Charles Dickens has a lot to answer for. With the publication of his Christmas Carol in 1843, he single-handedly made Christmas our biggest cultural holiday. Before the debut of his (self-published) little novella, celebration of the holiday had all but died out in Anglo-Saxon Christendom. The pen is powerful indeed.
A Christmas Carol revived the custom of taking the day off work, gathering for big family feasts and getting generous with gifts—remnants of an ancient pagan Solstice celebration which had been meshed with the Nativity story by some very clever Early Christian Marketers.
It was a great idea in Dickens day. People were stuck in their houses and villages and it gave everybody a chance to gather for some convivial cheer at the darkest time of year.
But I think Mr. Dickens and those early Christians would be appalled to see what the holiday has become. Every year it gets worse: travelers stranded at airports for days...buried in snowdrifts while trying to buy last minute gifts or that extra can of Ocean Spray… imprisoned in grounded airplanes with nothing to eat but rationed packets of Cheez-Its.
All in the middle of flu season. (…she writes after taking another swig of DayQuill.)
OK, Aussies, Kiwis and other inhabitants of the Southern Hemisphere: you can ignore this rant or read on and chortle.
Northern Hemispherians, what’s up with setting our biggest travel-holiday at the time of year when we can count on the worst travel conditions?
It’s not really about Jesus, is it? There’s nothing in the Bible about Jesus making his fleshly debut in December. And we know for sure this event did not happen in a place with a lot of snow. Or holly, mistletoe, reindeer, or bearded white guys in furry outfits.
The bearded white guy who was first reputed to reward good children and admonish the bad ones at the winter solstice was a Norse deity called Odin (or Woden or Wotan—whatever you want to call the Wednesday god-guy.) And the rituals involving holly and mistletoe and pointy evergreen trees? Kind of more Druidish than Judeo-Christian.
So do we really need to go through all this suffering to honor a Teutonic war god who slithered down chimneys to put anthracite in the footwear of bad little Vikings?
Not that the Christmas/Druid holiday hasn’t had a good run. But now we’ve got wildly scattered families. And climate change. And sadistically dysfunctional air travel.
So I’m going to suggest a change of authors. Boot Charles Dickens in favor of William Shakespeare. Wouldn’t it make more sense to have our big yearly celebration at the SUMMER SOLSTICE—Midsummer’s Night?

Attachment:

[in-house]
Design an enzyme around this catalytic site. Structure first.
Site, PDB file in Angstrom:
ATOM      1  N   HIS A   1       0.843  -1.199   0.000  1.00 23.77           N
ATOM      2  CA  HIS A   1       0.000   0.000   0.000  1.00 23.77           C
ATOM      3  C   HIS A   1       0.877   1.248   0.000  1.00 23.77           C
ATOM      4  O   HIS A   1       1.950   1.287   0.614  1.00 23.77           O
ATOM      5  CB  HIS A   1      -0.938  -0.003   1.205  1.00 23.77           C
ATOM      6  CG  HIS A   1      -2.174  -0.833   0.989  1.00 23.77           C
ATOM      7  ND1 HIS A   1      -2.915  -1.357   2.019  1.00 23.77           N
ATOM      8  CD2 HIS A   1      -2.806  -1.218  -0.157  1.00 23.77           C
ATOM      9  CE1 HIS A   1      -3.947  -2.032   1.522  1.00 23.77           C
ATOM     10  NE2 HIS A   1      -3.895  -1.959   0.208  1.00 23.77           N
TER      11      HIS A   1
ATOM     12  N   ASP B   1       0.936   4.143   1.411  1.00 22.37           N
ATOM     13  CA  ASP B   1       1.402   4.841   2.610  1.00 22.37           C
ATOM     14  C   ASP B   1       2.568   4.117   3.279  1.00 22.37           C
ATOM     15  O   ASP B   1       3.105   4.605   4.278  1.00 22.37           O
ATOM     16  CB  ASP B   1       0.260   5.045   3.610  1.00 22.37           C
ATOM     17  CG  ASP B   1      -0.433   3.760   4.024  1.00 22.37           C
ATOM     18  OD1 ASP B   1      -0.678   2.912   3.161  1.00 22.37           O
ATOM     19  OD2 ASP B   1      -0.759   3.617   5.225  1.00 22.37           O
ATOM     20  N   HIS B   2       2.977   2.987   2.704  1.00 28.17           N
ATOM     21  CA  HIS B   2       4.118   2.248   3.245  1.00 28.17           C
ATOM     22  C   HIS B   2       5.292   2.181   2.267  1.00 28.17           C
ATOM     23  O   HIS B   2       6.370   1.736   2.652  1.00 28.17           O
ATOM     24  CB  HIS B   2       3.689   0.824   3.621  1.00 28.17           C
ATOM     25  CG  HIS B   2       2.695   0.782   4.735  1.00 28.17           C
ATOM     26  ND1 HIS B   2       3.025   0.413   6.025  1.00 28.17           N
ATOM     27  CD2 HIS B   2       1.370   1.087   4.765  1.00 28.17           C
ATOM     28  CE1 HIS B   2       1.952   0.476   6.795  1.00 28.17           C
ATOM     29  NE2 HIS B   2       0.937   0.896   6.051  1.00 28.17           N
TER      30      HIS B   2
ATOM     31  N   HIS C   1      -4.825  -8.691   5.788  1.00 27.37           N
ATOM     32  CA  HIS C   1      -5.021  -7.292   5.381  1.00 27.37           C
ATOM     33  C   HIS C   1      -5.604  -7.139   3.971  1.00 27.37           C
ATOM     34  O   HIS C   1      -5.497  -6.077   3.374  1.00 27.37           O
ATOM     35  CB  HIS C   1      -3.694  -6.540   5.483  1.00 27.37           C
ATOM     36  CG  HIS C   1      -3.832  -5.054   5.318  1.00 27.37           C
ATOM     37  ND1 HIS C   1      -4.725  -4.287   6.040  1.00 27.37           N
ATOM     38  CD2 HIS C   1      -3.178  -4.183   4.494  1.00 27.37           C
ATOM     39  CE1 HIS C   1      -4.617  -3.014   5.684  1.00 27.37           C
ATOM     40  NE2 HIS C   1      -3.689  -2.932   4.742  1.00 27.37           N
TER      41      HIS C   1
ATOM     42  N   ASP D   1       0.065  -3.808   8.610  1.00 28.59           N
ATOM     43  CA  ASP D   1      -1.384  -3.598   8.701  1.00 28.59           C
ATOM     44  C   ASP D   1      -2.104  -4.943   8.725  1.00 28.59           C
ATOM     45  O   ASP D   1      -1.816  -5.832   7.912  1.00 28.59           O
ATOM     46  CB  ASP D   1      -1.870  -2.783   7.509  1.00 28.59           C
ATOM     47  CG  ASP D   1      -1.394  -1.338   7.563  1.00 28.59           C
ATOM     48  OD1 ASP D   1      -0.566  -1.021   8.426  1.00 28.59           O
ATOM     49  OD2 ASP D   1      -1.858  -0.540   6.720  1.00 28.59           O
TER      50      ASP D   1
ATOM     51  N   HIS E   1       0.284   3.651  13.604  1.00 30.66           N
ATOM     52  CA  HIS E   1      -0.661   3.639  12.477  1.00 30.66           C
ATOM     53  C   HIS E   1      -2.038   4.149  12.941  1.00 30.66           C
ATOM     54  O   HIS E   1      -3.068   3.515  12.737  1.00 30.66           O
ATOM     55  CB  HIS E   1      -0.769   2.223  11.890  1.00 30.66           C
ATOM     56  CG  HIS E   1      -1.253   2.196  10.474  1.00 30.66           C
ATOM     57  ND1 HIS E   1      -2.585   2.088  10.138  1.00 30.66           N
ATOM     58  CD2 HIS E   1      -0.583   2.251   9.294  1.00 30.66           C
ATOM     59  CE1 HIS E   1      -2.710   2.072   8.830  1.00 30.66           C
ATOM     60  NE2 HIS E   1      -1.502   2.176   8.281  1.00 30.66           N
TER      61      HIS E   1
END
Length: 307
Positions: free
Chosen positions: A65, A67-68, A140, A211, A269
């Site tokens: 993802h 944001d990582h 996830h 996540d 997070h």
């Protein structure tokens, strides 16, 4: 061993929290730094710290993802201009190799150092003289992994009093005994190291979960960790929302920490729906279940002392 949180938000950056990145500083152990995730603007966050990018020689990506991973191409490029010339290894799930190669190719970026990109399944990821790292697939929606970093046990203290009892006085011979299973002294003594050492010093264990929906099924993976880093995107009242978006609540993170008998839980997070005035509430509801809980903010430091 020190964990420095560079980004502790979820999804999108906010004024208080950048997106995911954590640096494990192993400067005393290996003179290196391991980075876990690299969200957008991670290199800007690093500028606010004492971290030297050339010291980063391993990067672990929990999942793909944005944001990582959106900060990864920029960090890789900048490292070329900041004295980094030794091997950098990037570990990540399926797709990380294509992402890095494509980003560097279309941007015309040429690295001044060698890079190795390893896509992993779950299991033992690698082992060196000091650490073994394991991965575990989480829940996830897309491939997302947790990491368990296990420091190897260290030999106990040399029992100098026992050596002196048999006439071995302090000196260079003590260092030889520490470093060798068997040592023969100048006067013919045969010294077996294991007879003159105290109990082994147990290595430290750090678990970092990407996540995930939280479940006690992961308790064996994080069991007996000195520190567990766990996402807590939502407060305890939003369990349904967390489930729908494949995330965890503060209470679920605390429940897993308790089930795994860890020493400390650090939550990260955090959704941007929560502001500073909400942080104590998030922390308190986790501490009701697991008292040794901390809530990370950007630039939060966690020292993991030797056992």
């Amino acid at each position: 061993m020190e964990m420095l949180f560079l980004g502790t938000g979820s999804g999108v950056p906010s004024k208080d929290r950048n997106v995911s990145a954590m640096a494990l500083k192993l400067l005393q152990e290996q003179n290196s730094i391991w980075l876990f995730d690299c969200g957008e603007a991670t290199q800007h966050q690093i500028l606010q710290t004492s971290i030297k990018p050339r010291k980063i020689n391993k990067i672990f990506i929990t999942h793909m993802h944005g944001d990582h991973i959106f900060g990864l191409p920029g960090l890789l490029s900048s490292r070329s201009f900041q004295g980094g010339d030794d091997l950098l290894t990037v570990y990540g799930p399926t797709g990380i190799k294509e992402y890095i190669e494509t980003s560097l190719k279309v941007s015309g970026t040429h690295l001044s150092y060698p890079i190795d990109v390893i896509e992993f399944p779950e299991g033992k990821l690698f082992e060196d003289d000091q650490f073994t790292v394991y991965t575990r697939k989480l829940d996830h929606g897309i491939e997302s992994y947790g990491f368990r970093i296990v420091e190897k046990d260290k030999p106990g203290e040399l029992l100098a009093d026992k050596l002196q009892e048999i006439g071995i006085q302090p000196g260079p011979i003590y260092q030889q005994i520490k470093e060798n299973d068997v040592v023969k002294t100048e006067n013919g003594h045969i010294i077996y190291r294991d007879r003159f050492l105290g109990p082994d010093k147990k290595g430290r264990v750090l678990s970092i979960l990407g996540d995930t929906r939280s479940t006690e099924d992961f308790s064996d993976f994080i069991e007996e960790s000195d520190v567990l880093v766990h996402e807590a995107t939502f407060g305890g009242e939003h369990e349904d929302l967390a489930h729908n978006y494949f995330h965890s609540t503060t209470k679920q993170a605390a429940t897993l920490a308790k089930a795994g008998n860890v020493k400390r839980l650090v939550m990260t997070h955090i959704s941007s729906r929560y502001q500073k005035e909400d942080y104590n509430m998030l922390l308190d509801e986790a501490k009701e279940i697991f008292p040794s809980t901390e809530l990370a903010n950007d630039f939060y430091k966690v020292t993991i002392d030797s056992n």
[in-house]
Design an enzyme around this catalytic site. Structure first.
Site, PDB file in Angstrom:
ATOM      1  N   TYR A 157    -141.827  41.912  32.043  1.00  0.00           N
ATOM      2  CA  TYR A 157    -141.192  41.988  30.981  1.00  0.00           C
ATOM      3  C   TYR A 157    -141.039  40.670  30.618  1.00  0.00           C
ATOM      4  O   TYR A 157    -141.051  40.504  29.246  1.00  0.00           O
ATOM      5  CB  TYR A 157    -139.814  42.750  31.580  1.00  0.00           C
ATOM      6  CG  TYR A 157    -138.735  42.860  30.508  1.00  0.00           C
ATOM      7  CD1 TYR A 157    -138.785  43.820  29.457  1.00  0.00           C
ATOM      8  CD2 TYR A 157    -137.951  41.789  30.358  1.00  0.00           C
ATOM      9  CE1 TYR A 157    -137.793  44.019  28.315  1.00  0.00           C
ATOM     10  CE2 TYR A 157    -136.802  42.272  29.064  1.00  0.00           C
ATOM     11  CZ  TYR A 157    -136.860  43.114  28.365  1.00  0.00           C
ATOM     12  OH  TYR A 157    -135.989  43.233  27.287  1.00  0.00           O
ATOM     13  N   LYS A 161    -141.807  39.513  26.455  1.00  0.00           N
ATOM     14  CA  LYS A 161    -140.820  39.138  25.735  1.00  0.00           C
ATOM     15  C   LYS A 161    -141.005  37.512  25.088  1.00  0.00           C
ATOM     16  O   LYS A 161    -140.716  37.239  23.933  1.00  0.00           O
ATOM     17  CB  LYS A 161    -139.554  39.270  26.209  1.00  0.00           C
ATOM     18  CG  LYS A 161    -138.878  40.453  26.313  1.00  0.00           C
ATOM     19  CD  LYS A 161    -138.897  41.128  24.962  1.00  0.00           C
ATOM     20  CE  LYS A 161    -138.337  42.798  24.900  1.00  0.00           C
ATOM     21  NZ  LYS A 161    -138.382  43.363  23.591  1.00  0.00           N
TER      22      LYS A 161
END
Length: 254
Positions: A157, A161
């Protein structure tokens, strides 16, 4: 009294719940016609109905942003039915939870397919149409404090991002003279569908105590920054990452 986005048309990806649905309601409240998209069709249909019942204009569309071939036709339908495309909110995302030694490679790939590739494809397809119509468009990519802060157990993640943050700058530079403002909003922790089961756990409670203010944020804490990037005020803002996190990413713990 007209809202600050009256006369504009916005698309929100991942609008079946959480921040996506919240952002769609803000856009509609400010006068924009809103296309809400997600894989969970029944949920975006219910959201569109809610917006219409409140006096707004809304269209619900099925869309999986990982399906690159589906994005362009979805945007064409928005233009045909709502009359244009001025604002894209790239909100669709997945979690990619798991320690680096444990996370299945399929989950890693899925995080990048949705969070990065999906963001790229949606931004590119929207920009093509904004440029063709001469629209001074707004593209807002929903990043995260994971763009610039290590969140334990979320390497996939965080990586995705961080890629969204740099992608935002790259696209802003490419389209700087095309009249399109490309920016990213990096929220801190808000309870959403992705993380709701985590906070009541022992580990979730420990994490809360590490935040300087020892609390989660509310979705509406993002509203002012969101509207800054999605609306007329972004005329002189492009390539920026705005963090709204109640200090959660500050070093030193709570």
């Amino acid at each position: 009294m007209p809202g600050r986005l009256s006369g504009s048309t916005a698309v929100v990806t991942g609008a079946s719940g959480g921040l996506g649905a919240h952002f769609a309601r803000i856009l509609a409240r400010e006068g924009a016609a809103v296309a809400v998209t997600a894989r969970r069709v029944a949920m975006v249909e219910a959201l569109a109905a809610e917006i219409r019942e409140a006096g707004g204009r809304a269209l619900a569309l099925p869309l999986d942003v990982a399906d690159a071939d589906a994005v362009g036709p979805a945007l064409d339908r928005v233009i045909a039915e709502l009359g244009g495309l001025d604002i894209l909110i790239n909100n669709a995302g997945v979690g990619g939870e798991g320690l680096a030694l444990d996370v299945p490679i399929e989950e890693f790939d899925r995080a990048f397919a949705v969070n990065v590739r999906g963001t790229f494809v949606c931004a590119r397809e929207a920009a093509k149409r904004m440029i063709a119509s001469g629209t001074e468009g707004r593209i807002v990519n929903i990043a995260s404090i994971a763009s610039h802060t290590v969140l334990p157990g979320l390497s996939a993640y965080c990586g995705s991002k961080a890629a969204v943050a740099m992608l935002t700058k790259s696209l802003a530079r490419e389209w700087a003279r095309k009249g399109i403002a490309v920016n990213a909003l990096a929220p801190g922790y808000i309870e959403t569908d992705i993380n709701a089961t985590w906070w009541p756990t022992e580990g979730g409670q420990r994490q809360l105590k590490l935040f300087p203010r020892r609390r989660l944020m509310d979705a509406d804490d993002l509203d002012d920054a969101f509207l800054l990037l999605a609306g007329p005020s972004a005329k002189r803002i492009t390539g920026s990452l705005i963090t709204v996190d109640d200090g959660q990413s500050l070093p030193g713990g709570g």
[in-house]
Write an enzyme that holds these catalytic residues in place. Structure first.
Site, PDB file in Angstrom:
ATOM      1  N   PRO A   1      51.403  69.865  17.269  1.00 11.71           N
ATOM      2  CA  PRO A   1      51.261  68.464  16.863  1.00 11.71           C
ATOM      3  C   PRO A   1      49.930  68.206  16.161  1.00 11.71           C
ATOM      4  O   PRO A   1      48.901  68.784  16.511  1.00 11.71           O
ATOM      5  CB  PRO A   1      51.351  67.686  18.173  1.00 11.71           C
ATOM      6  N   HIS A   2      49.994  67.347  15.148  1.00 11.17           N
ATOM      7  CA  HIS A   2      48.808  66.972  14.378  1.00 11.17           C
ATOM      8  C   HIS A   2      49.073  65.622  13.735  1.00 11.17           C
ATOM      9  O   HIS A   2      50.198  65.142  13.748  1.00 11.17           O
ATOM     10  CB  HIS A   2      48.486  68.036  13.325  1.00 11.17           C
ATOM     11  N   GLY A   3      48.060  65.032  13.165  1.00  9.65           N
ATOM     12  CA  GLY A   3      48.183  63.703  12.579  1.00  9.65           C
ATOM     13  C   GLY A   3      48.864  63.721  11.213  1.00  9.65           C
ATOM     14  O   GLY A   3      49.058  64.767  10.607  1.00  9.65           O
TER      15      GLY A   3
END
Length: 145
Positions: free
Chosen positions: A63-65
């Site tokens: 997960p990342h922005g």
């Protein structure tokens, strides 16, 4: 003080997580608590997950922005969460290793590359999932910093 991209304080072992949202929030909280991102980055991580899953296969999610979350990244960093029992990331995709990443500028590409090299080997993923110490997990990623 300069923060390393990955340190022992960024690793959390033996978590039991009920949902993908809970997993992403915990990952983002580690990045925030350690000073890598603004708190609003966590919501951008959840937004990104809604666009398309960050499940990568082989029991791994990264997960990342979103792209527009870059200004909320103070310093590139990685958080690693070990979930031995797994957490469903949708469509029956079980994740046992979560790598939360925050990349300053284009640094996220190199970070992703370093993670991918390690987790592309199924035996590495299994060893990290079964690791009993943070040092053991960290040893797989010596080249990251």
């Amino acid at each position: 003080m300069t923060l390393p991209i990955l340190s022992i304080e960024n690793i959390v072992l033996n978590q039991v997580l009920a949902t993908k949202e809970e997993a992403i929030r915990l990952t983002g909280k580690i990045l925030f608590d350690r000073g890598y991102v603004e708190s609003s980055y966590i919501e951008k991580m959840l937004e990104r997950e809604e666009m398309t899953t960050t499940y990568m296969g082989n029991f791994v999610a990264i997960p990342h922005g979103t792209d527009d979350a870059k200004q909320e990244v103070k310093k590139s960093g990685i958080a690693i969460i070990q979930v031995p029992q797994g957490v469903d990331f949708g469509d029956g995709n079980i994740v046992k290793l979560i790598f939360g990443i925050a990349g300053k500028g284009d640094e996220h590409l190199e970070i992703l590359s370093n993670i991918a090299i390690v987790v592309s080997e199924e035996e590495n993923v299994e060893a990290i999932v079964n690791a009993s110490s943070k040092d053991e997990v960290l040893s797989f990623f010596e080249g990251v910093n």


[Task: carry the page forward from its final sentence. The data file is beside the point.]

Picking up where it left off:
OK, A Midsummer Night’s Dream isn’t as heartwarming as the Scrooge tale, but who needs warming in the middle of June?
Wouldn’t it be more fun to go home and visit Mom and Dad in the summertime? To barbeque that turkey on a backyard grill? Inspired by the Bard, you could decorate the front yard with inflatable Bottoms, Rude Mechanicals, and any number of sparkly fairies.
Maybe Puck could pop down our chimneys and leave gifts under the potted palm, which could be adorned with little surfboards and beach balls and those lights shaped like chili peppers.
We could still conduct the same kind of retail frenzy, since that seems to be necessary to the well-being of our economic system, but we could shop on safe, sunshiny streets, with evening light to choose them by.
Or maybe we need another story altogether. What about it, writers? Anybody up for writing some Summer Solstice tales and carols? About Rudolf the Red-Nosed Surfer, maybe? Or Frosty the Slushy Man? Hark the Herald Fairies Sing?
If Dickens could write a novel that created our biggest holiday, maybe one of you can write the book that will give us a new celebration that will fit better with our times.
An awful lot of cranky travelers and flu-sufferers would be very, very grateful.
For those of you who still haven’t made your New Year’s resolutions—or even if you have—I recommend reading a great piece by Catherine Ryan Hyde at AOLNews Closing the Happiness Gap I’m going to follow her suggestions myself and resolve to be happier this year.
And if your own resolutions include a final edit to your manuscript so you can start sending that puppy out, Catherine is offering manuscript evaluations for a limited time—a little bit of her own Paying it Forward. For a very reasonable fee, she will evaluate your first 30-50 pages and give suggestions for further self-editing. Contact her for details at firstname.lastname@example.org .